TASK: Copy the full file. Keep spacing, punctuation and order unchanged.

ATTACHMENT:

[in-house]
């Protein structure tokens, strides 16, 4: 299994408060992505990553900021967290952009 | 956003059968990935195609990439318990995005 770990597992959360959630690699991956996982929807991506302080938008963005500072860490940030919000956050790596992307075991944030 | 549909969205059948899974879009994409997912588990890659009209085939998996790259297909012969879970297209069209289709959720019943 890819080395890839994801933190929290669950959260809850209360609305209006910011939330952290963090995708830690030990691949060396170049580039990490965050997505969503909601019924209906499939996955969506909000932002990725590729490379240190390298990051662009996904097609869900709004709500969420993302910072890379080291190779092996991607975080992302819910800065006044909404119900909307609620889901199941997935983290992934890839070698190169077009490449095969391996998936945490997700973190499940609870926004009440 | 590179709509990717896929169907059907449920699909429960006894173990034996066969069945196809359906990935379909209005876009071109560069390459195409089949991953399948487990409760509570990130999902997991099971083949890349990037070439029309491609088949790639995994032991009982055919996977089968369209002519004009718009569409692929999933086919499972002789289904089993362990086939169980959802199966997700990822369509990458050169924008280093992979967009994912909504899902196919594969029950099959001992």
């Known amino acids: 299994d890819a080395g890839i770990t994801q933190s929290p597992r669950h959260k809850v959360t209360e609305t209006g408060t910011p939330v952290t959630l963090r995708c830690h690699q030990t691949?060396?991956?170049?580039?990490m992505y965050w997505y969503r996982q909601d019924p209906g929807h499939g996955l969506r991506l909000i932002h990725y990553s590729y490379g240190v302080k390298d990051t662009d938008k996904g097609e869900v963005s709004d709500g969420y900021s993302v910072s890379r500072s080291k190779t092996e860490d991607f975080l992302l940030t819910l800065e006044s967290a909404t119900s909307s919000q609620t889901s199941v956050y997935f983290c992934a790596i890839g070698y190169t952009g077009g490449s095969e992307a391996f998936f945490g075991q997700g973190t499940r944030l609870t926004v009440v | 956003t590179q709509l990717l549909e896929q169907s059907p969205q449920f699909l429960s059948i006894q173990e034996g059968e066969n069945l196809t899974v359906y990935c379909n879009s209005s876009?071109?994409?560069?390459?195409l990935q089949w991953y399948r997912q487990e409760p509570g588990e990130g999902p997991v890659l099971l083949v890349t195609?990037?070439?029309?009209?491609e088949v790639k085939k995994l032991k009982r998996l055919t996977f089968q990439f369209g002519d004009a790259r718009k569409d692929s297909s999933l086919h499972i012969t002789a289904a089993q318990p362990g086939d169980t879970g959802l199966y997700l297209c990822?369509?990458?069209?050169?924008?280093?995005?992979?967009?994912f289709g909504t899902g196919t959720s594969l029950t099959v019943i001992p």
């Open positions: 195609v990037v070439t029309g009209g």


[in-house]
């Protein structure tokens, strides 16, 4: 299994408060992505990553900021967290952009 | 956003059968990935195609990439318990995005 770990597992959360959630690699991956996982929807991506302080938008963005500072860490940030919000956050790596992307075991944030 | 549909969205059948899974879009994409997912588990890659009209085939998996790259297909012969879970297209069209289709959720019943 890819080395890839994801933190929290669950959260809850209360609305209006910011939330952290963090995708830690030990691949060396170049580039990490965050997505969503909601019924209906499939996955969506909000932002990725590729490379240190390298990051662009996904097609869900709004709500969420993302910072890379080291190779092996991607975080992302819910800065006044909404119900909307609620889901199941997935983290992934890839070698190169077009490449095969391996998936945490997700973190499940609870926004009440 | 590179709509990717896929169907059907449920699909429960006894173990034996066969069945196809359906990935379909209005876009071109560069390459195409089949991953399948487990409760509570990130999902997991099971083949890349990037070439029309491609088949790639995994032991009982055919996977089968369209002519004009718009569409692929999933086919499972002789289904089993362990086939169980959802199966997700990822369509990458050169924008280093992979967009994912909504899902196919594969029950099959001992």
């Known amino acids: 299994d890819a080395g890839i770990t994801q933190s929290p597992r669950h959260k809850v959360t209360e609305t209006g408060t910011p939330v952290t959630l963090r995708c830690h690699q030990t691949?060396?991956?170049?580039?990490m992505y965050w997505y969503r996982q909601d019924p209906g929807h499939g996955l969506r991506l909000i932002h990725y990553s590729y490379g240190v302080k390298d990051t662009d938008k996904g097609e869900v963005s709004d709500g969420y900021s993302v910072s890379r500072s080291k190779t092996e860490d991607f975080l992302l940030t819910l800065e006044s967290a909404t119900s909307s919000q609620t889901s199941v956050y997935f983290c992934a790596i890839g070698y190169t952009g077009g490449s095969e992307a391996f998936f945490g075991q997700g973190t499940r944030l609870t926004v009440v | 956003t590179q709509l990717l549909e896929q169907s059907p969205q449920f699909l429960s059948i006894q173990e034996g059968e066969n069945l196809t899974v359906y990935c379909n879009s209005s876009?071109?994409?560069?390459?195409l990935q089949w991953y399948r997912q487990e409760p509570g588990e990130g999902p997991v890659l099971l083949v890349t195609?990037?070439?029309?009209?491609e088949v790639k085939k995994l032991k009982r998996l055919t996977f089968q990439f369209g002519d004009a790259r718009k569409d692929s297909s999933l086919h499972i012969t002789a289904a089993q318990p362990g086939d169980t879970g959802l199966y997700l297209c990822?369509?990458?069209?050169?924008?280093?995005?992979?967009?994912f289709g909504t899902g196919t959720s594969l029950t099959v019943i001992p």
């Open positions: 195609v990037v070439t029309g009209g």